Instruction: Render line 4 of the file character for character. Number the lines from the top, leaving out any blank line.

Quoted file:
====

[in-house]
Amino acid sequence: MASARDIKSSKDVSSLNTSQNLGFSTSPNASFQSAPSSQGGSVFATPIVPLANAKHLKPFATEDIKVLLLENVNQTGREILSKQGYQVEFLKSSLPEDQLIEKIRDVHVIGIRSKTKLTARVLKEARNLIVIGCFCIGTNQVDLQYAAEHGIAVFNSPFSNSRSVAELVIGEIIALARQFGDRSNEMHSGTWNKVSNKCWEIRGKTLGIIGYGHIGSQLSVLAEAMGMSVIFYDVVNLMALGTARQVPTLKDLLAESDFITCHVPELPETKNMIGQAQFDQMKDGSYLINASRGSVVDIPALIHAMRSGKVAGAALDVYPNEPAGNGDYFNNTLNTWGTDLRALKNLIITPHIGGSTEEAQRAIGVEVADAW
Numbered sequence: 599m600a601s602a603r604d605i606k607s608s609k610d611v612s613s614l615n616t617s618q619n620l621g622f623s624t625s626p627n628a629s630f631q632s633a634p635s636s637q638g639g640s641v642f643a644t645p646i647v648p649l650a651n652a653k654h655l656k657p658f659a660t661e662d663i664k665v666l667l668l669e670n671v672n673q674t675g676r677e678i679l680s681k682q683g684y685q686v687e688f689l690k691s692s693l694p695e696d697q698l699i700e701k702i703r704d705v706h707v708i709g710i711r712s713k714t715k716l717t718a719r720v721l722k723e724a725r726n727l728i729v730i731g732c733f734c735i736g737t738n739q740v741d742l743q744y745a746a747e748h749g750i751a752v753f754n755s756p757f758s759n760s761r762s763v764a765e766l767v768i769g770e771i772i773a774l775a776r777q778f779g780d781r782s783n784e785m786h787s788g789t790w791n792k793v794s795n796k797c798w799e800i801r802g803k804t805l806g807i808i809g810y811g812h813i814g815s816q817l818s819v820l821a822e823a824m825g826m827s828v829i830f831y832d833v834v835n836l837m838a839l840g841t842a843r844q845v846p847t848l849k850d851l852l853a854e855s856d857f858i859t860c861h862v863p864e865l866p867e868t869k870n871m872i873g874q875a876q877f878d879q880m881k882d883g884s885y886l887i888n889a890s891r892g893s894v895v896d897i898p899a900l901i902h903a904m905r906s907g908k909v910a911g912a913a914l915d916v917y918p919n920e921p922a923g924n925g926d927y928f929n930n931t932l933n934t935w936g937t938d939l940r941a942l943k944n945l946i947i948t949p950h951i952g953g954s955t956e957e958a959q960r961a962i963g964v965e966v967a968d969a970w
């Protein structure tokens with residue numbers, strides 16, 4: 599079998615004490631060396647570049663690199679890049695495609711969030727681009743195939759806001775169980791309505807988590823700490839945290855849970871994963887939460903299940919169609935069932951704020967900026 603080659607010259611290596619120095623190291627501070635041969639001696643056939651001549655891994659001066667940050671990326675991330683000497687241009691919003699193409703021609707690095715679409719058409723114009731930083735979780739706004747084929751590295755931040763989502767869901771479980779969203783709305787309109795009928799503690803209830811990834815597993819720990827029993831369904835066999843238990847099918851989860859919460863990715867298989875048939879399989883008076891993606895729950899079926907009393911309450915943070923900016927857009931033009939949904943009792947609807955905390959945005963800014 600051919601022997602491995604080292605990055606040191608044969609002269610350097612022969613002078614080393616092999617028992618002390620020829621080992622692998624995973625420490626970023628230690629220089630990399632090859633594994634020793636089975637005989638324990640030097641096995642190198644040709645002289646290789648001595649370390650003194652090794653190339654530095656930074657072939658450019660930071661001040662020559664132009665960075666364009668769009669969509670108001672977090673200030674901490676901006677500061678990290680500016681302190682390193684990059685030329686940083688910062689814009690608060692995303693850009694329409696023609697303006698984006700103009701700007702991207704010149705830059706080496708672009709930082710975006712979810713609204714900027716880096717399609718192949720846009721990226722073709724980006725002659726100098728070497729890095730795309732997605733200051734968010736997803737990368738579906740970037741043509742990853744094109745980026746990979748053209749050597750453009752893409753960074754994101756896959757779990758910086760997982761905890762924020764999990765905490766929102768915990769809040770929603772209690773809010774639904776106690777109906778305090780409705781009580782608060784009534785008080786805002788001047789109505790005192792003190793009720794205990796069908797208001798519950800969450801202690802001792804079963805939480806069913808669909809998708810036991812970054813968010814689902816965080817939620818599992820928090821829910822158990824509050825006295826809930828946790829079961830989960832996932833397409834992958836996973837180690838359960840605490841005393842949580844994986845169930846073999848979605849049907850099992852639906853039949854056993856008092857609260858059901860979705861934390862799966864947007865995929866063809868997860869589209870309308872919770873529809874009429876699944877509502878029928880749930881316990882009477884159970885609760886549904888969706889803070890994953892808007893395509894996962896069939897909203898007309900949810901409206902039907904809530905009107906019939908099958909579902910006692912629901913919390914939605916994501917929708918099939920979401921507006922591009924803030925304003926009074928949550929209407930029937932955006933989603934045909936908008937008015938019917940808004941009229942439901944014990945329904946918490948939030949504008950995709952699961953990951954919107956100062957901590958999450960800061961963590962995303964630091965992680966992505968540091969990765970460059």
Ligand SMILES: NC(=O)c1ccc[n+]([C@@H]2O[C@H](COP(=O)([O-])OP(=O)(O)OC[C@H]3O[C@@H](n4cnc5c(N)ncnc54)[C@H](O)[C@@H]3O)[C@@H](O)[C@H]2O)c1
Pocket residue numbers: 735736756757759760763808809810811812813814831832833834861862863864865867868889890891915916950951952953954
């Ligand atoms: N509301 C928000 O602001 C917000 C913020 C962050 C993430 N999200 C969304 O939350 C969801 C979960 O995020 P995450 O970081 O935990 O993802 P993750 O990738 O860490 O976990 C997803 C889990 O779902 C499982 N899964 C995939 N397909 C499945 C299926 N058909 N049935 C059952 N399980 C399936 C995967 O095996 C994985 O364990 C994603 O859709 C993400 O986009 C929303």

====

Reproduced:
């Protein structure tokens with residue numbers, strides 16, 4: 599079998615004490631060396647570049663690199679890049695495609711969030727681009743195939759806001775169980791309505807988590823700490839945290855849970871994963887939460903299940919169609935069932951704020967900026 603080659607010259611290596619120095623190291627501070635041969639001696643056939651001549655891994659001066667940050671990326675991330683000497687241009691919003699193409703021609707690095715679409719058409723114009731930083735979780739706004747084929751590295755931040763989502767869901771479980779969203783709305787309109795009928799503690803209830811990834815597993819720990827029993831369904835066999843238990847099918851989860859919460863990715867298989875048939879399989883008076891993606895729950899079926907009393911309450915943070923900016927857009931033009939949904943009792947609807955905390959945005963800014 600051919601022997602491995604080292605990055606040191608044969609002269610350097612022969613002078614080393616092999617028992618002390620020829621080992622692998624995973625420490626970023628230690629220089630990399632090859633594994634020793636089975637005989638324990640030097641096995642190198644040709645002289646290789648001595649370390650003194652090794653190339654530095656930074657072939658450019660930071661001040662020559664132009665960075666364009668769009669969509670108001672977090673200030674901490676901006677500061678990290680500016681302190682390193684990059685030329686940083688910062689814009690608060692995303693850009694329409696023609697303006698984006700103009701700007702991207704010149705830059706080496708672009709930082710975006712979810713609204714900027716880096717399609718192949720846009721990226722073709724980006725002659726100098728070497729890095730795309732997605733200051734968010736997803737990368738579906740970037741043509742990853744094109745980026746990979748053209749050597750453009752893409753960074754994101756896959757779990758910086760997982761905890762924020764999990765905490766929102768915990769809040770929603772209690773809010774639904776106690777109906778305090780409705781009580782608060784009534785008080786805002788001047789109505790005192792003190793009720794205990796069908797208001798519950800969450801202690802001792804079963805939480806069913808669909809998708810036991812970054813968010814689902816965080817939620818599992820928090821829910822158990824509050825006295826809930828946790829079961830989960832996932833397409834992958836996973837180690838359960840605490841005393842949580844994986845169930846073999848979605849049907850099992852639906853039949854056993856008092857609260858059901860979705861934390862799966864947007865995929866063809868997860869589209870309308872919770873529809874009429876699944877509502878029928880749930881316990882009477884159970885609760886549904888969706889803070890994953892808007893395509894996962896069939897909203898007309900949810901409206902039907904809530905009107906019939908099958909579902910006692912629901913919390914939605916994501917929708918099939920979401921507006922591009924803030925304003926009074928949550929209407930029937932955006933989603934045909936908008937008015938019917940808004941009229942439901944014990945329904946918490948939030949504008950995709952699961953990951954919107956100062957901590958999450960800061961963590962995303964630091965992680966992505968540091969990765970460059």